Photo credit: Vulture.com

Whether you’re a fan of her music or not, whether you even know who Demi is or not, her story matters. This documentary matters. Why?

It matters because Demi is sharing her struggles with mental illness in a world where mental illness is still stigmatized.

It matters because roughly half of those struggling with mental illness are not currently receiving treatment

It matters because while eating disorders (specifically anorexia) are the most lethal of all psychiatric illnesses, there is a severe lack of funding allocated to research.

It matters because celebrities are viewed as being “immune” to mental illness and shamed for suffering, seeking treatment, or dying by suicide.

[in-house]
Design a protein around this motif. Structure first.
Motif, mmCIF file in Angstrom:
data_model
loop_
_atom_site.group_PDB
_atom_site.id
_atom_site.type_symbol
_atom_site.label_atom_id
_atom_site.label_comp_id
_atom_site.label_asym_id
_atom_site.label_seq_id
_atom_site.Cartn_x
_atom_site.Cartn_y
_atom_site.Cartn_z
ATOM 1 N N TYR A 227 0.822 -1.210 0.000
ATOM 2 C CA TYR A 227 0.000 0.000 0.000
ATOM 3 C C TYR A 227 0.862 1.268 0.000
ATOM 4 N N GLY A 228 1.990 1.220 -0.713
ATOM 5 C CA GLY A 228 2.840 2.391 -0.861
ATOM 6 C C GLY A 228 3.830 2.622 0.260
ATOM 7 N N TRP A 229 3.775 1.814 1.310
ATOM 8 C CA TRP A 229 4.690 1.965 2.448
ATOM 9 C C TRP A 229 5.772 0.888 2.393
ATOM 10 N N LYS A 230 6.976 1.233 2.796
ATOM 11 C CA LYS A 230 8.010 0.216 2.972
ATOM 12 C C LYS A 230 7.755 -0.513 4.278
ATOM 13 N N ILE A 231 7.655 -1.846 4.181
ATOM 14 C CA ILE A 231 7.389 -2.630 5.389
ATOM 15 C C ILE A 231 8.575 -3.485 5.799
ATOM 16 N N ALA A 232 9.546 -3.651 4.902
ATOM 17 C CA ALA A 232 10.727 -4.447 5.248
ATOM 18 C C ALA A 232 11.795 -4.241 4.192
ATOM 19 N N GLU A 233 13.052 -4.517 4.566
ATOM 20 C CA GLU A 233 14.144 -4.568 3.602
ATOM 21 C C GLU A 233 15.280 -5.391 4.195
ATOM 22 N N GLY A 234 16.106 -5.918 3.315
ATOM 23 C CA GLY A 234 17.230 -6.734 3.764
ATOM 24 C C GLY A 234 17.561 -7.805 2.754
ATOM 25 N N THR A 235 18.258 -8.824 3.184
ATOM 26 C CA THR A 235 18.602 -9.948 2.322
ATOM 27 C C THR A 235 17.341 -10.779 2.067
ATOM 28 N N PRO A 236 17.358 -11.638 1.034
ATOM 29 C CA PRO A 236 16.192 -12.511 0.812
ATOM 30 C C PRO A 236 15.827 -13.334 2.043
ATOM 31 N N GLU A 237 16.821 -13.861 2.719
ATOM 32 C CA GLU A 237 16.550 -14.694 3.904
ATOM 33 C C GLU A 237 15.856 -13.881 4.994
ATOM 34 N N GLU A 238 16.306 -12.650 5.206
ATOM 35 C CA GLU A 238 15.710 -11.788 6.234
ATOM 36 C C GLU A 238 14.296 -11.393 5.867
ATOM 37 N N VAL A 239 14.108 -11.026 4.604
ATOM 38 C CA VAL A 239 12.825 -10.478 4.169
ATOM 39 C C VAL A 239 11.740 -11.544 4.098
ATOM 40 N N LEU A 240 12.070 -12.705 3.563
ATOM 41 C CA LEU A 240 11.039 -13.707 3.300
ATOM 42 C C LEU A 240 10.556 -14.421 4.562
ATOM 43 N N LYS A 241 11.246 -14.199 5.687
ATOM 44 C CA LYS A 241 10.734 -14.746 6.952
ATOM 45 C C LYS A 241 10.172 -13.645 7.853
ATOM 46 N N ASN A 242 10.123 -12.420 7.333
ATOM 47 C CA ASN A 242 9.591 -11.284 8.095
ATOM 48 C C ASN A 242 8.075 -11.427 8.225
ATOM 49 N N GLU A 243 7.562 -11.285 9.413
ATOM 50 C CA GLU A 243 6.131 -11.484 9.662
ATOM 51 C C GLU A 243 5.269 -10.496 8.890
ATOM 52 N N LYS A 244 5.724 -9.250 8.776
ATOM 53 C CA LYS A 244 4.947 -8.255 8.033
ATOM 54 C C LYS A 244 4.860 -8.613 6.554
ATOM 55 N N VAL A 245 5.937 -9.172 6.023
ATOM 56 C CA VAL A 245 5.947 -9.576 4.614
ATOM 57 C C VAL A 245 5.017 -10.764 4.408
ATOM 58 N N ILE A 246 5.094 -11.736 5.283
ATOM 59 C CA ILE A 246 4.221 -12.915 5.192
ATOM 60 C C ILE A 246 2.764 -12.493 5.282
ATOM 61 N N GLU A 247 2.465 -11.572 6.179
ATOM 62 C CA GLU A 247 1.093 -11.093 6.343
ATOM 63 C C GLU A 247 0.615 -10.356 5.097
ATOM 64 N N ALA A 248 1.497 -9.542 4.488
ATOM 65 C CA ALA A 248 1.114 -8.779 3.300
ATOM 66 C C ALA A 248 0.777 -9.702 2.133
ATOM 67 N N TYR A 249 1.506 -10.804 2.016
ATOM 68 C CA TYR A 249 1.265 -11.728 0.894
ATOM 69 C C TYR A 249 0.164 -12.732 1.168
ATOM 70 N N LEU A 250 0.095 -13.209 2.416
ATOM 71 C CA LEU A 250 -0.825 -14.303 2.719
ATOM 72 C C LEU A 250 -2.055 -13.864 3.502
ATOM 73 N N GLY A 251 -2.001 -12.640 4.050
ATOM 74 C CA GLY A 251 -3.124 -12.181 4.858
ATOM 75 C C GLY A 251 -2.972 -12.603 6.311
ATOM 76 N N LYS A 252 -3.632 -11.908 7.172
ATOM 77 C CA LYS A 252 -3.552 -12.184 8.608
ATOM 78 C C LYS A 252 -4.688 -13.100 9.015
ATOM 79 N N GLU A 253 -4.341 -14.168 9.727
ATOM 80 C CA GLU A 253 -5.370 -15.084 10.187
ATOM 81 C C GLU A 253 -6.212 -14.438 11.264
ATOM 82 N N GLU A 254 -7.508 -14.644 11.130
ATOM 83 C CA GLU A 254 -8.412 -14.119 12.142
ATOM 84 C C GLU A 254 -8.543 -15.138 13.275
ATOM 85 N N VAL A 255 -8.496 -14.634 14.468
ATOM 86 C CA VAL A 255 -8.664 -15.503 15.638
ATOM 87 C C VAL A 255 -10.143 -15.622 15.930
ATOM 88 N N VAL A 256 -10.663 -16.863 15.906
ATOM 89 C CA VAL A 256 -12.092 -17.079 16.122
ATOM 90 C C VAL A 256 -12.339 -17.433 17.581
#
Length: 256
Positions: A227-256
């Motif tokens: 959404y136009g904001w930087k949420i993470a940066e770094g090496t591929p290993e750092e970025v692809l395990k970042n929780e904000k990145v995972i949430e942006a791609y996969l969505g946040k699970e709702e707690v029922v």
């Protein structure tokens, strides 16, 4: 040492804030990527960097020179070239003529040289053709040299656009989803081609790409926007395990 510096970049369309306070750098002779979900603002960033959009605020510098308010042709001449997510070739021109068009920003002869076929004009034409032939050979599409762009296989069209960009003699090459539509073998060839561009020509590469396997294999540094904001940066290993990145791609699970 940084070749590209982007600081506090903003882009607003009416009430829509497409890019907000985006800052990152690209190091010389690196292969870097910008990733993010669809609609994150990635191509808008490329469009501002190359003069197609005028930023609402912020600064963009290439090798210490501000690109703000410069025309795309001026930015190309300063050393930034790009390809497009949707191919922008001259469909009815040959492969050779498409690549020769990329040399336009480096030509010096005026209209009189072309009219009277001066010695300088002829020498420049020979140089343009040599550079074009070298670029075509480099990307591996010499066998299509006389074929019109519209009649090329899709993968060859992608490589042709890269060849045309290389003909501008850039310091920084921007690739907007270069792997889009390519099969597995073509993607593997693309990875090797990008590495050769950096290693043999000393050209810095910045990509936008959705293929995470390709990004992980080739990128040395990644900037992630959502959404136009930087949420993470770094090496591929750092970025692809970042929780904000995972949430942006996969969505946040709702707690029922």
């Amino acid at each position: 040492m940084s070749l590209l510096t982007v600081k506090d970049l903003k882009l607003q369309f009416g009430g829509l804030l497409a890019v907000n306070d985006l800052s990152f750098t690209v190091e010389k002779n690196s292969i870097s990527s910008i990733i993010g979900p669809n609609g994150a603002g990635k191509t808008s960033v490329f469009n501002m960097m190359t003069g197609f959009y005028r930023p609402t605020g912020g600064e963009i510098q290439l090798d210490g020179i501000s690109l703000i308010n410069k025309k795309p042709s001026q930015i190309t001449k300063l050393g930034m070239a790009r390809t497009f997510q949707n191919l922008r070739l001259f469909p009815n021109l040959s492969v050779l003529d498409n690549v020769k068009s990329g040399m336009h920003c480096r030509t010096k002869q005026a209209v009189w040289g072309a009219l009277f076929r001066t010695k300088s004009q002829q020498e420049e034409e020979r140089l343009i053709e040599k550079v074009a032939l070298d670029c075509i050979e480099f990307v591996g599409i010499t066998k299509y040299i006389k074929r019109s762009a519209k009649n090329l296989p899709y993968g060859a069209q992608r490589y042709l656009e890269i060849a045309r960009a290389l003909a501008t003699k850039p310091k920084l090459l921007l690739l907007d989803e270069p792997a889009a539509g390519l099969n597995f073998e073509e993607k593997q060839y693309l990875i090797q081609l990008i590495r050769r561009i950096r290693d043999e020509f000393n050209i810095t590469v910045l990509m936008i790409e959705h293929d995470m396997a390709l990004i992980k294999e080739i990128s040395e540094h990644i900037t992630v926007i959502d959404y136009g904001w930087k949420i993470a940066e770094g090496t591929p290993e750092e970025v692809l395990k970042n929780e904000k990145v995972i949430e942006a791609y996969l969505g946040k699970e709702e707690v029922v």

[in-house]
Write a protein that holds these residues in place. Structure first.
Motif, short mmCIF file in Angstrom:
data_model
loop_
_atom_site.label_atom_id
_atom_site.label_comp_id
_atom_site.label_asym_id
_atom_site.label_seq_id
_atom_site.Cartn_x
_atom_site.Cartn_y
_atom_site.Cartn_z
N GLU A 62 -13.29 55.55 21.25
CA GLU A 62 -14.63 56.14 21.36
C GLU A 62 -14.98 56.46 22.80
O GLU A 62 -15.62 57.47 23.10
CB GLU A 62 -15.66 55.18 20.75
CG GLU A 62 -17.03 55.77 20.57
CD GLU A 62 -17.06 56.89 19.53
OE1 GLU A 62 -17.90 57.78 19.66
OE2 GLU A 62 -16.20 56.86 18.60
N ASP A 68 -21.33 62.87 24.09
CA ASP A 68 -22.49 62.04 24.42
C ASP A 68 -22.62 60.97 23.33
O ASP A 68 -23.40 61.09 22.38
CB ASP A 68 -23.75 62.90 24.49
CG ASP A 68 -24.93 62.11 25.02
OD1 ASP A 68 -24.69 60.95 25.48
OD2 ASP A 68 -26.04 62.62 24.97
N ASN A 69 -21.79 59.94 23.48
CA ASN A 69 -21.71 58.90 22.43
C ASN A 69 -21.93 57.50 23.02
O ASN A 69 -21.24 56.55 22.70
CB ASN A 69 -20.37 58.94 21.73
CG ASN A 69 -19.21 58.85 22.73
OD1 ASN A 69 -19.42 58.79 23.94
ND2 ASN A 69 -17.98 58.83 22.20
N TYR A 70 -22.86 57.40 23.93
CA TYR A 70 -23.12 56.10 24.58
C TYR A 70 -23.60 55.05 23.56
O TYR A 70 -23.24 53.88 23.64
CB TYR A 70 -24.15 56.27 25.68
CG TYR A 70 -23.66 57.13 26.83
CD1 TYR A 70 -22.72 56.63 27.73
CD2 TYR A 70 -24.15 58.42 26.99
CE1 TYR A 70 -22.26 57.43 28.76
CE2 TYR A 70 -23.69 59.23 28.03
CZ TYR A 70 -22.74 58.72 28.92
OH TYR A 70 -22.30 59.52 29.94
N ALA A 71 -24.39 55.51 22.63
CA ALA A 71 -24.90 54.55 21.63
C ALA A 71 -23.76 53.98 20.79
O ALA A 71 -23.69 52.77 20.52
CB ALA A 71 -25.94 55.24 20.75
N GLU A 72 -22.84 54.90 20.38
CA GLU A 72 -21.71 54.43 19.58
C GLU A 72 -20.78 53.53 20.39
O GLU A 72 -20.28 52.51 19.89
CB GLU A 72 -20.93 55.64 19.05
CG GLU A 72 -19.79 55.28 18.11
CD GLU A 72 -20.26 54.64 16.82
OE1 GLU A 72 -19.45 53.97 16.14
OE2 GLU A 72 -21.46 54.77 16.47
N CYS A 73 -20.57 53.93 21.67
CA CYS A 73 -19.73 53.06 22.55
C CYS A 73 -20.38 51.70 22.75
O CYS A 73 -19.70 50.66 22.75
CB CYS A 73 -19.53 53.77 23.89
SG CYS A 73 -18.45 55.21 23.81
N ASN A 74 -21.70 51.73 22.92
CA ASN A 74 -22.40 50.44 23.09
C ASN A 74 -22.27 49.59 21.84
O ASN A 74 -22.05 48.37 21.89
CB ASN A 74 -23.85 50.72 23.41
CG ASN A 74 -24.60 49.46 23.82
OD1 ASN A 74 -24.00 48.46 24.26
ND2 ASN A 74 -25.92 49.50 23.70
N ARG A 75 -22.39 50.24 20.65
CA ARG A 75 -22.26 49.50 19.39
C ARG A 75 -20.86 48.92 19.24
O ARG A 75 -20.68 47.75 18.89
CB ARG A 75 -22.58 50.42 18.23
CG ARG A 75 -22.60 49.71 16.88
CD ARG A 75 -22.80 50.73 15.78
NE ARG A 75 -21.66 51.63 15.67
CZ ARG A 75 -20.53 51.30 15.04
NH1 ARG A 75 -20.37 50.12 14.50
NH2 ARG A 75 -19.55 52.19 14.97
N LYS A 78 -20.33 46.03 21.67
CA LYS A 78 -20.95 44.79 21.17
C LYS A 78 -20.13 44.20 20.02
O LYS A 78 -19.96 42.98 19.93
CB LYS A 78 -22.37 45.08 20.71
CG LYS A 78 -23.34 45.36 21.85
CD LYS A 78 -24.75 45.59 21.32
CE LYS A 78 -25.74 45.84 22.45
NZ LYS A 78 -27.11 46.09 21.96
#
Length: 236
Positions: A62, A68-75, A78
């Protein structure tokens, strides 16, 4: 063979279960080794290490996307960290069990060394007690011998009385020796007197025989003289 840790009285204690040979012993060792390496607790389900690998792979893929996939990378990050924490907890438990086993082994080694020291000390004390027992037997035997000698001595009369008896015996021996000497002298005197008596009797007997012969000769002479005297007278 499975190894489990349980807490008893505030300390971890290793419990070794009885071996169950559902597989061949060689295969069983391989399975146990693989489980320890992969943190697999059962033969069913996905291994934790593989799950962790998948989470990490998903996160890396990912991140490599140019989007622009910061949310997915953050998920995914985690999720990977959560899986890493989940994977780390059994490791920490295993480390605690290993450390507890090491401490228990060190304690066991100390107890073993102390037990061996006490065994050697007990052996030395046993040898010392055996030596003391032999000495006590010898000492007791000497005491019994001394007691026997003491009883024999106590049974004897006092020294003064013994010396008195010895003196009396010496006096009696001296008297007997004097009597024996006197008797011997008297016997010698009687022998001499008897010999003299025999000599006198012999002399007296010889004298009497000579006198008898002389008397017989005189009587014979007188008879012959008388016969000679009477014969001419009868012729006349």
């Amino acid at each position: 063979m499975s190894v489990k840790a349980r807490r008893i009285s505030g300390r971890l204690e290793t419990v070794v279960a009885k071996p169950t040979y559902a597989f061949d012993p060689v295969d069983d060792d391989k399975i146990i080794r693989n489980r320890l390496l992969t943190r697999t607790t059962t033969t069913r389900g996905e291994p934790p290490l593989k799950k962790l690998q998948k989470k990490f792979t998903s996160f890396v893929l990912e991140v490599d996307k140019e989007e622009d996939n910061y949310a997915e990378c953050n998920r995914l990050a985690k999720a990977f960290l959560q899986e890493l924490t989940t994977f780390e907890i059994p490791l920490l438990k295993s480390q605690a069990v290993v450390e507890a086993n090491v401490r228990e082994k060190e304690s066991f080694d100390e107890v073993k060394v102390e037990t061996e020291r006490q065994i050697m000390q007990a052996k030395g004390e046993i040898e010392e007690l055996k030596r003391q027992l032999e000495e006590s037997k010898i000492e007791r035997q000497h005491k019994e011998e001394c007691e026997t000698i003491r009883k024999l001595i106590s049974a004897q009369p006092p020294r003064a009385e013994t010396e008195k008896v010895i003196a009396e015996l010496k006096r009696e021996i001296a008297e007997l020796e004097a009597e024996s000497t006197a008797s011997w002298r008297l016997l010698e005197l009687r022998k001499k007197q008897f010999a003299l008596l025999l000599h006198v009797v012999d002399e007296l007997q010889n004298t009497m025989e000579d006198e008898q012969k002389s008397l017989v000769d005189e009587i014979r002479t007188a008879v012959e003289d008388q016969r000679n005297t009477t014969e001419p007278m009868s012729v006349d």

Example of mental illness stigma perpetuated on Facebook.

If you look at any article or social media post with news of a celebrity dying by suicide or opening up about his/her mental illness struggles, you will find a heaping pile of comments perpetuating myths surrounding basic psychology. Some classic myths or statements of victim-blaming represented in comment threads include:

“You’re rich, so you have nothing to be depressed about!”

“You’re rich, so you can afford treatment!”

Victim-blaming in action.

“You’re doing this for attention because no one cares about you anymore!”

“There are poor people in the world who have REAL problems!”

A meme attempting to crack jokes about mental illness and perpetuate the stigma. Classy. Photo credit: Instagram.com.

“So selfish to leave your family all alone!”

Victim blaming seems quite popular on social media.

Or, the ever popular favorite:

“Mental illness doesn’t even EXIST. Just smile and get over it!”